January 28, 2017 6:25 pm
Updated: January 28, 2017 9:24 pm

Princess Diana statue planned by sons William and Harry to mark 20th anniversary of her death

WATCH: Princess Diana’s private letters go up for auction

A A

Britain’s Prince William and his younger brother Harry have commissioned a statue in honor of their mother Princess Diana who died in a Paris car crash 20 years ago to be erected outside their official London home, their office said on Saturday.

Story continues below

Diana, the first wife of the brothers’ father the heir-to-the-throne Prince Charles, was killed when the limousine carrying her and her lover Dodi al-Fayed crashed in a Paris tunnel in August 1997.

William was 15 and Harry was 12 at the time.

READ MORE: Princess Diana: looking back at her life on the anniversary of her death

“It has been 20 years since our mother’s death and the time is right to recognize her positive impact in the UK and around the world with a permanent statue,” William, 34, said in a statement.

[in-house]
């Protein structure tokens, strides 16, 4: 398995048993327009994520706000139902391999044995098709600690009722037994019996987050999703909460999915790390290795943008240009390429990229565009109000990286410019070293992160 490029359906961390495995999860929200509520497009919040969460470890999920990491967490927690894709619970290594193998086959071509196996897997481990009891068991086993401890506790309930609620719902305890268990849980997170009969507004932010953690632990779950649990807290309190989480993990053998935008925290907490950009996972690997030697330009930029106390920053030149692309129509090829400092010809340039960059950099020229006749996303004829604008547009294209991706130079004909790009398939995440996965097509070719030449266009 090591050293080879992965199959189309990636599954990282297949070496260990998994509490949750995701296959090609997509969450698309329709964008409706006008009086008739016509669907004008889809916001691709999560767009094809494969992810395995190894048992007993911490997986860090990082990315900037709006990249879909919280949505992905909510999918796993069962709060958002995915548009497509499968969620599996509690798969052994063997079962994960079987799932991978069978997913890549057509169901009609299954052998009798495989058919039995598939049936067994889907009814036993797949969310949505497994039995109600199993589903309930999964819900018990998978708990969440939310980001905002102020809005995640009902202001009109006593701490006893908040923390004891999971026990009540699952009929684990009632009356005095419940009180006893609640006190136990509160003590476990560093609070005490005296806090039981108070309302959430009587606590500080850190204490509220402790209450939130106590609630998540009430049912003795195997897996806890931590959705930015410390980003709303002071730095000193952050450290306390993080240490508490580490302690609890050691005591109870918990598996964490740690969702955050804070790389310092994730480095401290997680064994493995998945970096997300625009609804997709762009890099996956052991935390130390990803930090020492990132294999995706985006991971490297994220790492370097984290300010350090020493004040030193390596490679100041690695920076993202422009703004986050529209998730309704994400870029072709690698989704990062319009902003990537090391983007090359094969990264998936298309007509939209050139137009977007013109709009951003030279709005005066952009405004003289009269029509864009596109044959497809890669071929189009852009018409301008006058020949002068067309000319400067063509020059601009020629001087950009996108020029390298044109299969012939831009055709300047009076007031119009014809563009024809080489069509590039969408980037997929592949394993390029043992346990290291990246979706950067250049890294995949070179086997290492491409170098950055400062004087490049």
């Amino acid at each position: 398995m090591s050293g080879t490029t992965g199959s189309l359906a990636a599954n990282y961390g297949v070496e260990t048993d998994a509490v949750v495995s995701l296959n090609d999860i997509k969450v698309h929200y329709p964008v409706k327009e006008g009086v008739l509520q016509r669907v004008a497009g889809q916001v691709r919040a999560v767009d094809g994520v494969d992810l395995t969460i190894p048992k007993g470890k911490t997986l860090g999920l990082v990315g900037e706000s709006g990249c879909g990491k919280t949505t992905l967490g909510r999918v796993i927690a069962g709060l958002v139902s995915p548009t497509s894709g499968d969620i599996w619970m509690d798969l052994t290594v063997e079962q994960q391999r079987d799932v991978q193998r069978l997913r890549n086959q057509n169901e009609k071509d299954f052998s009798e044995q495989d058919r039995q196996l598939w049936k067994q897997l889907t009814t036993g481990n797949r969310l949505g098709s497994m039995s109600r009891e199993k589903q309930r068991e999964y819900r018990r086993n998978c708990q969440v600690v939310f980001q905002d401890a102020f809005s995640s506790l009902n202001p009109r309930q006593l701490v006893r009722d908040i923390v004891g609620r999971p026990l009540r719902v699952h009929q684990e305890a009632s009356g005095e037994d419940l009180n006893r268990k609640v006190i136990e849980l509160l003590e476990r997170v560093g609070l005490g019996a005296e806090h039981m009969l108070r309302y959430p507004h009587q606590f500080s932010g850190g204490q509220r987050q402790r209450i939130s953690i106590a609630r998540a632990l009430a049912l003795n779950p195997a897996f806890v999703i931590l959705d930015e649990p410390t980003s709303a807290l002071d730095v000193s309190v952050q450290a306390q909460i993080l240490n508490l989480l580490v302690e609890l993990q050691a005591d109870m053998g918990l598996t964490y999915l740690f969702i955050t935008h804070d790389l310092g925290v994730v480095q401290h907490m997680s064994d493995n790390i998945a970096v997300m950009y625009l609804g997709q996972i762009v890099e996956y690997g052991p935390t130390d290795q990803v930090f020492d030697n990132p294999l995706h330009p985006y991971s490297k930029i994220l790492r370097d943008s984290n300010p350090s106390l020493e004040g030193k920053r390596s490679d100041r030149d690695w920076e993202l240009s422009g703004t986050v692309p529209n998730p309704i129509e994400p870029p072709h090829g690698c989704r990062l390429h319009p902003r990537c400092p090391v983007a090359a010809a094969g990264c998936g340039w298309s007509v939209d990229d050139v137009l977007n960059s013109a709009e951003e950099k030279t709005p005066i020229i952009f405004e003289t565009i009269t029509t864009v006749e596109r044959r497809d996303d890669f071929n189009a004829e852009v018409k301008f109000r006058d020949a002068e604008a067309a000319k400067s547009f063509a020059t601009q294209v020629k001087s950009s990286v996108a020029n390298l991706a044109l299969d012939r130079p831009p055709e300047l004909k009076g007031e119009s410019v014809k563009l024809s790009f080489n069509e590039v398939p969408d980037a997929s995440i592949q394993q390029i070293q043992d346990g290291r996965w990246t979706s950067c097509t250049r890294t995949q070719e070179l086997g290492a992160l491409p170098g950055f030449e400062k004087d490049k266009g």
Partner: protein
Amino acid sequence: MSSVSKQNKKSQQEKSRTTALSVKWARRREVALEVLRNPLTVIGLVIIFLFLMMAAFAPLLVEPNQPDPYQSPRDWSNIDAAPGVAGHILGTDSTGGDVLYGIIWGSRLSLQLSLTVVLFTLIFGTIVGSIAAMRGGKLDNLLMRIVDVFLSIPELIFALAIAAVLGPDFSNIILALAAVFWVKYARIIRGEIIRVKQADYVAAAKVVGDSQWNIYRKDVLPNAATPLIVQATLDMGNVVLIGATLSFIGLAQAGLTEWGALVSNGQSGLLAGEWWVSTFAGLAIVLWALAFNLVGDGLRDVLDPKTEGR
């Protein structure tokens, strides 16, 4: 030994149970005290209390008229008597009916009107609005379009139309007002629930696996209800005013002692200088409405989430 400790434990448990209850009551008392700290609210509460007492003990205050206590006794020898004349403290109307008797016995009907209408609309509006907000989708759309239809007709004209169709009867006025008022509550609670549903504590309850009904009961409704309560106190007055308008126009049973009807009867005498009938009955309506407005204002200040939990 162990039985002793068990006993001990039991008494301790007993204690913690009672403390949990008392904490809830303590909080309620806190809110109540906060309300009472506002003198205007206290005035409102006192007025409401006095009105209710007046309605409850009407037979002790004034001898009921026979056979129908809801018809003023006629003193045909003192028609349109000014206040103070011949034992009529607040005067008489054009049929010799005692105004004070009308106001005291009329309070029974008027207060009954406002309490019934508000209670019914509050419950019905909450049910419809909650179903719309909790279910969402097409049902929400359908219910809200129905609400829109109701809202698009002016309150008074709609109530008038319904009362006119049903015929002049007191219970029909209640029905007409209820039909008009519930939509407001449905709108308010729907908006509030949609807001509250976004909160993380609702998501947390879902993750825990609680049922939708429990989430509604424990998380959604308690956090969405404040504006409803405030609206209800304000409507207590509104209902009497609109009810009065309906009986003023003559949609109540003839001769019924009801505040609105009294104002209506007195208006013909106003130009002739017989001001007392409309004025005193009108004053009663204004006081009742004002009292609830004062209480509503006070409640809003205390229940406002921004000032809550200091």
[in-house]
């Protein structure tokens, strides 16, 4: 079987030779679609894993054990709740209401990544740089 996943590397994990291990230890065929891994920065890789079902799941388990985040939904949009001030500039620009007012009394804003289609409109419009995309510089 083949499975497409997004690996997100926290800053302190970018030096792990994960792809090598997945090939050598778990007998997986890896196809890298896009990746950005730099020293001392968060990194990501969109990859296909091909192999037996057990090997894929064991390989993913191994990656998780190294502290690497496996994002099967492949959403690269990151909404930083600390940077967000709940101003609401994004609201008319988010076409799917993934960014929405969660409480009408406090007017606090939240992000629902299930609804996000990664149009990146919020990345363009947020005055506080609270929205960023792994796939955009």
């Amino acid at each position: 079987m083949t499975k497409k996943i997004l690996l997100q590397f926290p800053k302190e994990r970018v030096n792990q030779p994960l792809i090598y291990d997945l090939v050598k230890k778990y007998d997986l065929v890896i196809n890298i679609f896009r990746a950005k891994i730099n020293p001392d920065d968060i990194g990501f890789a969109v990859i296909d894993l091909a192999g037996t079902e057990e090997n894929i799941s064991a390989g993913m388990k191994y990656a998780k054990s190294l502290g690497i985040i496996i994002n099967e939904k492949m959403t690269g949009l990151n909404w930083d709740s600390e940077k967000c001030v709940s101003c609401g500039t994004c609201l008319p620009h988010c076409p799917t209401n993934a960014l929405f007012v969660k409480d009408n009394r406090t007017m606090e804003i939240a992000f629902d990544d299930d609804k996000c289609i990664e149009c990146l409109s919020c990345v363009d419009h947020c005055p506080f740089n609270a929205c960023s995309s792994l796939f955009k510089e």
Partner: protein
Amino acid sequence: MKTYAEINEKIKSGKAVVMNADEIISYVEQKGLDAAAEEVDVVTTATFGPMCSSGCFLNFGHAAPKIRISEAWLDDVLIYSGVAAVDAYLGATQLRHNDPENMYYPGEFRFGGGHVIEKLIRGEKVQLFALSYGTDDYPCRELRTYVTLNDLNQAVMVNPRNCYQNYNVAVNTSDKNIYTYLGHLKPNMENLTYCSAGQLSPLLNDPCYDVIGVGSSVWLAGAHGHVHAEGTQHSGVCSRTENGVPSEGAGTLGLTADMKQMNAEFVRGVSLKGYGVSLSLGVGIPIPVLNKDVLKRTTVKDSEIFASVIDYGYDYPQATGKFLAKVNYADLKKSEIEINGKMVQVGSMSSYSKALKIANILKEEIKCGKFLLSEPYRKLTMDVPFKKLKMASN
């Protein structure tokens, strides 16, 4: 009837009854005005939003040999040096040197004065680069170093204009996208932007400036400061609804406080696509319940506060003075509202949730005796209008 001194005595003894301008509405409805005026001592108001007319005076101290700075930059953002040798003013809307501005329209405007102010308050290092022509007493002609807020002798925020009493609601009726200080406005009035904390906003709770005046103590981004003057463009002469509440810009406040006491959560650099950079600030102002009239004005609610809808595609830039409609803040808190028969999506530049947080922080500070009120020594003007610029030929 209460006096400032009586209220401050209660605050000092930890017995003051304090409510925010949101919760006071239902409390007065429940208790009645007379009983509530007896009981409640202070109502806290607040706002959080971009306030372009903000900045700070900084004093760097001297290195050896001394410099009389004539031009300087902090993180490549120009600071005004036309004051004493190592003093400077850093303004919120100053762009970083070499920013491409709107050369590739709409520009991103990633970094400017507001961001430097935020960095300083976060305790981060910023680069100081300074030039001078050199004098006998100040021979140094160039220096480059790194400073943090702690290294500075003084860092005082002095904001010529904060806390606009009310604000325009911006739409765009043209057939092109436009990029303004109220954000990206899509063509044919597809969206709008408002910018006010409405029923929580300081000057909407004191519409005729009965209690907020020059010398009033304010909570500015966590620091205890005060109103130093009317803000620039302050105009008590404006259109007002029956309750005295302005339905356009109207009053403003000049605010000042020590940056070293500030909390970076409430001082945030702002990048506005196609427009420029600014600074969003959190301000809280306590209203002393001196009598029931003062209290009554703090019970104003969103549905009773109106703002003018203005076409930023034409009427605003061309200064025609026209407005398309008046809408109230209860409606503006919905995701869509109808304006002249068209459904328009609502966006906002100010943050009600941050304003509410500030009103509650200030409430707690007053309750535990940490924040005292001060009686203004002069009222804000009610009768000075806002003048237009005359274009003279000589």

The princes have formed a committee to advise on the sculptor and to raise private funds to pay for the statue which will be located in a public garden at Kensington Palace.

Work on the statue will begin soon and it is hoped that the statue will be unveiled before the end of the year, the statement from their office said.

The first permanent memorial to her, a 210-metre (689-foot) long fountain was unveiled in Hyde Park in 2004 after years of bureaucratic wrangling and squabbling over the design.

READ MORE: Prince Harry secretly visits HIV hospital where Princess Diana helped break stigma

It had to be closed down a number of times after its opening and a committee of lawmakers later said it was “ill-conceived and ill-executed”.

William announced earlier this month that he would move into Kensington Palace with his wife Kate and children, George and Charlotte, from his current home in eastern England when he gives up his job as an air ambulance pilot to focus on royal duties full-time later this year.

© 2017 Thomson Reuters

Report an error

Comments

Want to discuss? Please read our Commenting Policy first.